This story is in the beginning appeared inside High Country News and is part of Climate Desk agreement.
The first flashy video shows a black bear bursting out of camera frames. In some places, the antelope stops eating wild flowers, turns back, and takes off in another direction. In the third episode, the moose does not move at all but stands there, alert.
All three animals were exposed to boom boxes in the forest, part of a study testing the effects of outdoor recreation noise on wildlife. The sounds included people chatting, mountain bikers crossing the roads, and even a quiet waterfall. Each video lasted less than 90 minutes.
The new study, conducted in Wyoming’s Bridger-Teton National Forest, adds to growing evidence that the sound of human voices, no matter how loud or quiet, fast or slow, changes the behavior of animals.
Don’t start feeling guilty about going for a walk right now. Researchers are also trying to understand the meaning of those behaviors. For some species, hikers and bikers can be a sideshow in a forest full of natural distractions. For others, hobbyists can have the same effect as dangerous predators, destroying habitats where food can be found, causing low birth rates and early deaths.
“The whole point of this study is not to disparage recreationists,” said Mark Ditmer, an ecologist at the US Forest Service’s Rocky Mountain Research Station and one of the study’s leaders. “It’s understanding where and when we cause the most confusion.”
The idea that we should know and love abroad that security has been in control for over a hundred years. Recreation built a district that helped protect the wilderness. But even a few decades ago, there was evidence that using the wilderness—even if it was just a place for people to play—as a public playground did a lot of collateral damage. Roads through wood without ribs or reason; used toilet paper sticks to the bush in the background. Groups like Leave No Trace started reminding people to pick up their trash, leave wildlife alone, and practice proper sanitation.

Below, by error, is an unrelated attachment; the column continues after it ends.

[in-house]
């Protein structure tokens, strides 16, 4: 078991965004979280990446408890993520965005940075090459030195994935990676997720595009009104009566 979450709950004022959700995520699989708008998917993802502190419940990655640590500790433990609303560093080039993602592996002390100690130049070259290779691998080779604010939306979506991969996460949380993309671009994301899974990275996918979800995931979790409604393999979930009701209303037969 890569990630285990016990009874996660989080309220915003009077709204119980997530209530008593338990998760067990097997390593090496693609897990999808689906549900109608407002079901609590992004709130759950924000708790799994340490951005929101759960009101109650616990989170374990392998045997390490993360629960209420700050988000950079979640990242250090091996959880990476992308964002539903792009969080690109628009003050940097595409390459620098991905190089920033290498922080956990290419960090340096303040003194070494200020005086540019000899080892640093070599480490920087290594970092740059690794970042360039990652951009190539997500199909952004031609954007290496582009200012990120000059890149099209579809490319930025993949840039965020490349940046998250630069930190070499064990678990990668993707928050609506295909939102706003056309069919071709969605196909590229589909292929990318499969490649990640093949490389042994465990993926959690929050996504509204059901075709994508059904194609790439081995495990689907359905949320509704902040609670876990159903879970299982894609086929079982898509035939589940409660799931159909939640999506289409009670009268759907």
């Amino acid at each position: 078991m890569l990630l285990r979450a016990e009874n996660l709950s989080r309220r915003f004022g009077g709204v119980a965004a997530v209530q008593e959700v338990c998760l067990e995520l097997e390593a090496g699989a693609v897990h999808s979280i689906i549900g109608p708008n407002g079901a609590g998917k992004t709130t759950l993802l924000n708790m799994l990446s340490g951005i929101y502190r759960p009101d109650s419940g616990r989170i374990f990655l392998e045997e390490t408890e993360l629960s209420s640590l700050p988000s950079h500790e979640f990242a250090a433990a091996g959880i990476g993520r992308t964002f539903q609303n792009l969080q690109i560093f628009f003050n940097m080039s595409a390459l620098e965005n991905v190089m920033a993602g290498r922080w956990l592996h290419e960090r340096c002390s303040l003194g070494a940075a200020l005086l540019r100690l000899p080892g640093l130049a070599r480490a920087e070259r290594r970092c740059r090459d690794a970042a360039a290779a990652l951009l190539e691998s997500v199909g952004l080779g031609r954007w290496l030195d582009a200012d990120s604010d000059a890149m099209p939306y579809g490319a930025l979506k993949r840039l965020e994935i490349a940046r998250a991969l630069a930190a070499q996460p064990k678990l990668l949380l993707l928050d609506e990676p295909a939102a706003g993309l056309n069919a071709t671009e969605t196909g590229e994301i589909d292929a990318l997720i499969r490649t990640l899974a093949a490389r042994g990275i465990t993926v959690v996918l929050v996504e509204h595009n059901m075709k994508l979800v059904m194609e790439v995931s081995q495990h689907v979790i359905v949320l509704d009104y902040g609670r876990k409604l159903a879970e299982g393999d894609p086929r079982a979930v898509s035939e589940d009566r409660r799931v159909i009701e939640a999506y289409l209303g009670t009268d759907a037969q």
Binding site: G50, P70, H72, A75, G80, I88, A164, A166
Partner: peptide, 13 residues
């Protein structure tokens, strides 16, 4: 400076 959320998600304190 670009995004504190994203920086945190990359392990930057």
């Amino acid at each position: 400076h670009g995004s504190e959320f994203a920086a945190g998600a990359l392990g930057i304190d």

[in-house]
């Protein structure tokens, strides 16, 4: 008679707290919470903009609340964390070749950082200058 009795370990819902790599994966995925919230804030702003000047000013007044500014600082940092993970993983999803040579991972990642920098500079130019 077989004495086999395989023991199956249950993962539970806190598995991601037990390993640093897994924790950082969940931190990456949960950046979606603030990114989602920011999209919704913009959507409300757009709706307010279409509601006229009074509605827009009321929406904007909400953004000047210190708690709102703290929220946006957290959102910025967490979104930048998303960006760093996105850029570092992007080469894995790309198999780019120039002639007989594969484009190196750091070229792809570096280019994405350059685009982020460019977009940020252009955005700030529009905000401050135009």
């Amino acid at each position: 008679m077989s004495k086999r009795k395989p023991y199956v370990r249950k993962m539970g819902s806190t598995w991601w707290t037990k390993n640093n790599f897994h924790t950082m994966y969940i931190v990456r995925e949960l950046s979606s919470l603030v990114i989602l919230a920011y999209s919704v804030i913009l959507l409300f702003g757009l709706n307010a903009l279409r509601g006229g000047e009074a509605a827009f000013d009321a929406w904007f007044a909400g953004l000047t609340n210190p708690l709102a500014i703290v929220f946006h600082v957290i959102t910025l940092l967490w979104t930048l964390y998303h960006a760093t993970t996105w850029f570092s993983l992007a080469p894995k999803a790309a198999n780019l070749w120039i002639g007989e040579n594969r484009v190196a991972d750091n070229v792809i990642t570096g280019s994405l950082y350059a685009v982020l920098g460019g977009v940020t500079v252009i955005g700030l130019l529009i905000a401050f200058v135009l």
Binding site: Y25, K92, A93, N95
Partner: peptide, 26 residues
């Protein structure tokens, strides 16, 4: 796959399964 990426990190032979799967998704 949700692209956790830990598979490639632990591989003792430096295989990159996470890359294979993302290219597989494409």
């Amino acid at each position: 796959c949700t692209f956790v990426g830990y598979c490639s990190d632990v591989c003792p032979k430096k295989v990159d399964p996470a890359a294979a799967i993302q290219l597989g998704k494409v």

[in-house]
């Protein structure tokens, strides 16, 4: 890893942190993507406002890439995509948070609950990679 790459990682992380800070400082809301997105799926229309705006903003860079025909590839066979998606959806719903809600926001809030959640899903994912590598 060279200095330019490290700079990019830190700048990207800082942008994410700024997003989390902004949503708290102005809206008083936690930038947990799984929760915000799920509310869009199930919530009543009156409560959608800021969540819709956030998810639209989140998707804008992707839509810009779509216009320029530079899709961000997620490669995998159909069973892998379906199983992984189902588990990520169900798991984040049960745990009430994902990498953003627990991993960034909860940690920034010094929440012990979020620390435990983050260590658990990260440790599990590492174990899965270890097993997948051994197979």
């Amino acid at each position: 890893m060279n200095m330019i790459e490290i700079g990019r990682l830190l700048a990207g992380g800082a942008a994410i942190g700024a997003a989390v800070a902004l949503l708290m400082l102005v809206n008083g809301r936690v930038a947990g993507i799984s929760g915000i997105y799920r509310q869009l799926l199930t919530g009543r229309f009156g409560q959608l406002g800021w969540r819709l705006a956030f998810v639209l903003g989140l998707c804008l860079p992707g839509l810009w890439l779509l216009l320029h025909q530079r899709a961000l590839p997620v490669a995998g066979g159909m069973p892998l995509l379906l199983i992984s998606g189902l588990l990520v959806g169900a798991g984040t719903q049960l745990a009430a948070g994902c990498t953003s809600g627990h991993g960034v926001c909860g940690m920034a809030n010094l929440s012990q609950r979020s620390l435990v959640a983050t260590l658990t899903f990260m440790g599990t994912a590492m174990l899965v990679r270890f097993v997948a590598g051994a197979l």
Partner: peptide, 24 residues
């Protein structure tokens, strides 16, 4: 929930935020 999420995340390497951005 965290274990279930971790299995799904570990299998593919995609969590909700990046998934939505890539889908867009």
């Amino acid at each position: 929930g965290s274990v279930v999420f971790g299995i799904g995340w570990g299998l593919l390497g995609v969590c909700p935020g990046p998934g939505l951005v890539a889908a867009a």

However, “light recreation,” a generic term for enjoying the outdoors without hunting or fishing, is often considered the best. Well, outdoor recreation connects people to the land and sometimes motivates them to protect it—drafting lawmakers, attending land-use meetings, supporting advocacy groups, perhaps reminding others not to walk on the trails. Too bad, it seems harmless.
But recent research suggests otherwise. There’s one in Vail, Colorado, which shows that the number of trails used by hikers and mountain bikers disrupts cows that produce fewer calves. Another game reserve in Grand Teton National Park showed that water skiers terrorized bighorn sheep during the winter when food was scarce, with fatal results. A 2016 review of 274 articles on the effects of outdoor recreation on wildlife found that 59 percent of the findings were wrong.
But many studies have looked at the effects of random encounters with hikers, skiers, and others. Few have questioned what actually causes people to harass wild animals, whether it is the way we look, the way we smell, or the way we feel.